We want all our children to be safe and happy — that's why we have safeguards in place to protect them. Newborns are taken home from the hospital in car seats, kindergarteners must have all their vaccines to enter school, even playground equipment is closely regulated. Yet, despite these investments in their health and safety, children are still at risk in their own homes. While we are closer than ever to eliminating lead in homes, it's still all too prevalent, seeping into the lives of our children through peeling paint, unfiltered water from unsafe pipes, and other sources.
Even though lead poisoning is entirely preventable, in the United States are exposed to the dangerous toxin each year through water, paint, soil, and other sources. According to the, " have children living in them that are being exposed to high levels of lead." Lead exposure can lead to learning disabilities, speech delays, attention deficit disorder, reduced motor control and balance, and aggressive behavior. In fact, kids with lead poisoning are seven times as likely to drop out of school than their non-lead-poisoned peers, are six times as likely to become involved in the juvenile justice system, and as adults face increased risks of cardiovascular disease, hypertension, depression, and early mortality.
When the Flint water crisis became international news, it was easy to brush it aside as an anomaly — something that would never happen in your own town. But in 2016 a found three thousand localities across the country where at least 10 percent of children — double the rate of lead poisoning in Flint at the height of the crisis there — had elevated levels of lead in their blood. In some cities, "the rate of elevated [lead] tests over the last decade was 40 to 50 percent." Many of the affected communities are low-income and majority African-American and Latino populations, a sadly unsurprising fact given the stark racial disparities when it comes to addressing lead poisoning. In fact, African-American children are more likely and Latino children as likely to be poisoned by lead than their white peers.
The reality is that the "next Flint" is not just imminent; it's already here and is happening in communities across the country. But if community leaders and elected officials make lead poisoning prevention a priority — pass smart legislation, invest in prevention measures in low-income neighborhoods, and educate their communities — we can address the issue in just five years.
Fortunately, a for lead eradication already exists. Seeing how unhealthy housing has been undermining the health of growing children, we at the took action in our home community of Baltimore starting in 1986. Working together with community leaders and local officials, GHHI, then Parents Against Lead, started a grassroots volunteer effort to change public policy and bring funding to older, lower-income neighborhoods in Baltimore to make homes safer for everyone. With the use of techniques like window replacement to remediate lead paint hazards in homes, as well as the dedication and investment from the city and other local organizations, we've seen real progress in making homes across the city safe for all kids, with a reduction in childhood lead exposure in Maryland over the last thirty years. GHHI has since expanded its efforts to more than thirty cities to ensure that every child has a healthy and safe home, regardless of zip code or socioeconomic status.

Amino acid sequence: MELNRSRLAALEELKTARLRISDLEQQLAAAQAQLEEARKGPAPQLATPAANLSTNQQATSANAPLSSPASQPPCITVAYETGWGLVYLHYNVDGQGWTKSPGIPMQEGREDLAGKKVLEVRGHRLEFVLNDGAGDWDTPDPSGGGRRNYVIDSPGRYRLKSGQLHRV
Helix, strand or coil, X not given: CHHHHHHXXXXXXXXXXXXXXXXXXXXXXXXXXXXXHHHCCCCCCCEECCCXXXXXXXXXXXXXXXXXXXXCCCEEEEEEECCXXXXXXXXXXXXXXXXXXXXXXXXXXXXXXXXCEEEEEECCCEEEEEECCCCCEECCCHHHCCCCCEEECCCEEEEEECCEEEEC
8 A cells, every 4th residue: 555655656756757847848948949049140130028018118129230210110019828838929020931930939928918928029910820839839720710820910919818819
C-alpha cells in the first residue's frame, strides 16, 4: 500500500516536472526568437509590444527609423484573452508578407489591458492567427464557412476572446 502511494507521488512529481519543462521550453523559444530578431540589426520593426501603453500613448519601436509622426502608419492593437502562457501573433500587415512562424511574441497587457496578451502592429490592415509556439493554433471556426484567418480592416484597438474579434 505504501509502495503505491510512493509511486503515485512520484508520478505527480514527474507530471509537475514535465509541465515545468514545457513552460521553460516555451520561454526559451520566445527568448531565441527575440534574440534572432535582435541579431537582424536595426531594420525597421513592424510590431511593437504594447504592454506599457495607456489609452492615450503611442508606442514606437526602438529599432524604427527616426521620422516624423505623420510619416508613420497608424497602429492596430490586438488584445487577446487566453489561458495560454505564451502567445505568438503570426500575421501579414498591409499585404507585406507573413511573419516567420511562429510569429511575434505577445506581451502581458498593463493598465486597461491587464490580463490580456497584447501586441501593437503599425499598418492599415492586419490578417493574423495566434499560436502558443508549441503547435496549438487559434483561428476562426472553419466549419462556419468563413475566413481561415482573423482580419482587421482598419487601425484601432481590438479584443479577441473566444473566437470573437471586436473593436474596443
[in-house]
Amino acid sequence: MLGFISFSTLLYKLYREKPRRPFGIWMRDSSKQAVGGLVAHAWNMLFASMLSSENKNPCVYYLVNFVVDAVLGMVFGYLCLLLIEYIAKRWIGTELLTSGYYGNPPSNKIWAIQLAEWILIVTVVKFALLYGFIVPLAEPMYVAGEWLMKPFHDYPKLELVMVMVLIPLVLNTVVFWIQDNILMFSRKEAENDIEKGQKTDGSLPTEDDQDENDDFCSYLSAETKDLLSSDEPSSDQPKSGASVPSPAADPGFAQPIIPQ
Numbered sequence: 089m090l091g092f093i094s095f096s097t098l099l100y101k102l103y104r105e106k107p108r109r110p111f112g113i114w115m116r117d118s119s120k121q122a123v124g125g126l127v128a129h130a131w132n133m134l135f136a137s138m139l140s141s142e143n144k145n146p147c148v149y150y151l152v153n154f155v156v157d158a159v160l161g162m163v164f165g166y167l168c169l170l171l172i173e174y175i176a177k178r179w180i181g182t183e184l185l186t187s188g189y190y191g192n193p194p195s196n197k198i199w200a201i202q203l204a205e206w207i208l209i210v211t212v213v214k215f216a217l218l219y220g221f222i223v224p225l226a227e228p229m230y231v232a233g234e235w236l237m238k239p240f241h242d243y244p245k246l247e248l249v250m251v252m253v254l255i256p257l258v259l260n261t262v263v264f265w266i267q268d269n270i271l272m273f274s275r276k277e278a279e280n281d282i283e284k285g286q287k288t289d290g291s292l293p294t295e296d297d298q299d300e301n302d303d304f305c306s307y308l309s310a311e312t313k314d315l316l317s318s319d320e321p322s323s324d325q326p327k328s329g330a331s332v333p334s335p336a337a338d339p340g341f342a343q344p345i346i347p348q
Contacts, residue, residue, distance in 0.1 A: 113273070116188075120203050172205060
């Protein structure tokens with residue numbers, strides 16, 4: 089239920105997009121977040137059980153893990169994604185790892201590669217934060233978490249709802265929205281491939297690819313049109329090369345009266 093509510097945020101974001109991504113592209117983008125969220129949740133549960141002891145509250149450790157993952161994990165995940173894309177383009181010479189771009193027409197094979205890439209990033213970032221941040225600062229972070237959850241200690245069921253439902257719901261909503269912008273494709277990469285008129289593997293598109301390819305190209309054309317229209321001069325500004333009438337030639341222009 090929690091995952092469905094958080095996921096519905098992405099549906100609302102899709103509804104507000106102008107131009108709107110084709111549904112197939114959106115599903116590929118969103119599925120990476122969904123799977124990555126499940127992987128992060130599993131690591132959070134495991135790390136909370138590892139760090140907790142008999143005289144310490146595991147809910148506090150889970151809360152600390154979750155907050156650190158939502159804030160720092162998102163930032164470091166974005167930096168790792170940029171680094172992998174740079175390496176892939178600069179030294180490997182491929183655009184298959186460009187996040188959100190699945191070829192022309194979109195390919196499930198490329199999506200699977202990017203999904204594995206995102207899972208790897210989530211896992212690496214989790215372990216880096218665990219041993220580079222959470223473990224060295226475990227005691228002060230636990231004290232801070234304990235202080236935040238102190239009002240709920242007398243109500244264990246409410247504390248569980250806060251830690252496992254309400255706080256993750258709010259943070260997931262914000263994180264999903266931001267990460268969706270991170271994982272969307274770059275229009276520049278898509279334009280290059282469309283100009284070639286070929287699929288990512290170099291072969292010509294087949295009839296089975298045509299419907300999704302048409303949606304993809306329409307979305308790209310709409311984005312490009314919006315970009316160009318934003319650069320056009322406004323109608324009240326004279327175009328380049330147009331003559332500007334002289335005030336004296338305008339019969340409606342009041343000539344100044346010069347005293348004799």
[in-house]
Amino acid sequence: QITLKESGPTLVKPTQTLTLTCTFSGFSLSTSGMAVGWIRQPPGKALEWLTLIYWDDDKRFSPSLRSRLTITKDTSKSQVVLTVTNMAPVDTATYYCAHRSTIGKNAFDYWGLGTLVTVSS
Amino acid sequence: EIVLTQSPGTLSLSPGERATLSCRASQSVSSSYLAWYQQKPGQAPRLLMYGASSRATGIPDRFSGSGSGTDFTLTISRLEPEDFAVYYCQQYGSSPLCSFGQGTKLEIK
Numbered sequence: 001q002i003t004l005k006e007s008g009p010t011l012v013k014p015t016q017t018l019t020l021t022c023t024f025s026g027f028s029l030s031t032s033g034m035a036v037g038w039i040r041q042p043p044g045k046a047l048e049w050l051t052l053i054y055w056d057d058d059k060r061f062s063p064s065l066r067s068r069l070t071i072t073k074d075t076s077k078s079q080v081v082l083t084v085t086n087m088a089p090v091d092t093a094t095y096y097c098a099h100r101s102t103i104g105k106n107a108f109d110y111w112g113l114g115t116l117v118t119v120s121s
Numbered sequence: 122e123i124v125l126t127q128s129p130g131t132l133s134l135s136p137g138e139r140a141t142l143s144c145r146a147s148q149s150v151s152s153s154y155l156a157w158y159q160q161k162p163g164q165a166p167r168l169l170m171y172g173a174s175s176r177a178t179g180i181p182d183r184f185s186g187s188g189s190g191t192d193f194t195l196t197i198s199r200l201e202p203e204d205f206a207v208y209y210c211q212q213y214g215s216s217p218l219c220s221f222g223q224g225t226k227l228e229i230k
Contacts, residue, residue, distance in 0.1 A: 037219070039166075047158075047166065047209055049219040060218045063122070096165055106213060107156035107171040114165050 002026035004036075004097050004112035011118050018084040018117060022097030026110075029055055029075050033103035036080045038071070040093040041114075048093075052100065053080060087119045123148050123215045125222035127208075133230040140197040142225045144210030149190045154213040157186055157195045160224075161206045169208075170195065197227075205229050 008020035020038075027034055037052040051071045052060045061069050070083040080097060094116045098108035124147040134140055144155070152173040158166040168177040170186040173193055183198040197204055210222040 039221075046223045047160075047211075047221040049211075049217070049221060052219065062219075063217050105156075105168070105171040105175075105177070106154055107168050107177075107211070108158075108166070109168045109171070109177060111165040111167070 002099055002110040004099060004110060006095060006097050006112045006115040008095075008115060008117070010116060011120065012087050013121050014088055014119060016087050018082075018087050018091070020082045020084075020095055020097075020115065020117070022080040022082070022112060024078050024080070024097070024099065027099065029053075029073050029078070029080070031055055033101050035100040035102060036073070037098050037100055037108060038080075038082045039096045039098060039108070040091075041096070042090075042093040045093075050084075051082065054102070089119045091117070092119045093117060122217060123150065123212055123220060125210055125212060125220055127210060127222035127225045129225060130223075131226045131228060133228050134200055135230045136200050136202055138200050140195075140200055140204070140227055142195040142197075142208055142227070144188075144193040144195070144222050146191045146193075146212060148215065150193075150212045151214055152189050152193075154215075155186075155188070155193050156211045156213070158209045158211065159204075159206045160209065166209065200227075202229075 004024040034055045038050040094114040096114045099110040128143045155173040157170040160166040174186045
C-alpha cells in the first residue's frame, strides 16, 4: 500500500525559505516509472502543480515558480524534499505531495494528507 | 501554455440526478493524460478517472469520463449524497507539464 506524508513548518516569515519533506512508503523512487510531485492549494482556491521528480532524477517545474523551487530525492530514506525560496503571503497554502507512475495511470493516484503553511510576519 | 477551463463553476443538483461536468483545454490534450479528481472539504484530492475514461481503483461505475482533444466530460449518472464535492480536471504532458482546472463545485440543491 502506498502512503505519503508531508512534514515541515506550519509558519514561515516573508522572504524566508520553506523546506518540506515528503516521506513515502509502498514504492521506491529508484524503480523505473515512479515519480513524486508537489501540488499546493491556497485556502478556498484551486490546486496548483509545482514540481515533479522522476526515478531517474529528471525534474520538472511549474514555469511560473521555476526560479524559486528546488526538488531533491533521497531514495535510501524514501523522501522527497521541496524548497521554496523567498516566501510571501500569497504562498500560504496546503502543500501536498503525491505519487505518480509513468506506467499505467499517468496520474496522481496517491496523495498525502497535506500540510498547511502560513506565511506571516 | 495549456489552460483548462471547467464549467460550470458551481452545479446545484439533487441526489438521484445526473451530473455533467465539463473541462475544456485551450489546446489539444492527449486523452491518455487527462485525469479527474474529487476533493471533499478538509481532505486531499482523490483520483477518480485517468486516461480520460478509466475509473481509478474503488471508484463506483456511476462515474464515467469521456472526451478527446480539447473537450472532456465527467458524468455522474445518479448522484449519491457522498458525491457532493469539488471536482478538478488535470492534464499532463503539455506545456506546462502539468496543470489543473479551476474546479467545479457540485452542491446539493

Today more cities and states are passing legislation and dedicating resources to prevent lead exposure, and a growing number of foundations are increasing their financial support for such efforts. In Pennsylvania, which ranks third in the nation for housing built before 1950 — a major risk factor for lead poisoning — Governor Tom Wolf is calling for .
To expand our network of partner organizations, we recently kicked off our national Campaign to End Lead Poisoning by announcing the and are working with the to bolster, financially and programmatically, up to five nonprofits stepping up to do what's right for their communities. Both private and public involvement is essential to this fight, and by working together we will ensure that no more children are made sick by their own homes.
With families, schools, and communities all facing numerous challenges, you might ask, "Why lead?" One reason is that the math is on our side, too: Every dollar spent on preventing lead exposure can generate . The U.S. could save annually if we act to prevent these devastating health impacts. Investing in lead poisoning prevention will lower healthcare costs and help keep kids in school and out of trouble so that they can reach their full potential.
We need to make the same level of commitment to ensuring that every child in every home is safe from toxins like lead as we do to ensuring that s/he is safe in the car, at school, and on the playground. "Contaminated" is the last word any family wants to hear when it comes to their home, but "contaminated," "dangerous," and "toxic" are words all too familiar to millions of families across the country. It's time to take action and invest in rehabilitating homes across the country to end lead poisoning once and for all.
Ruth Ann Norton is president and CEO of the .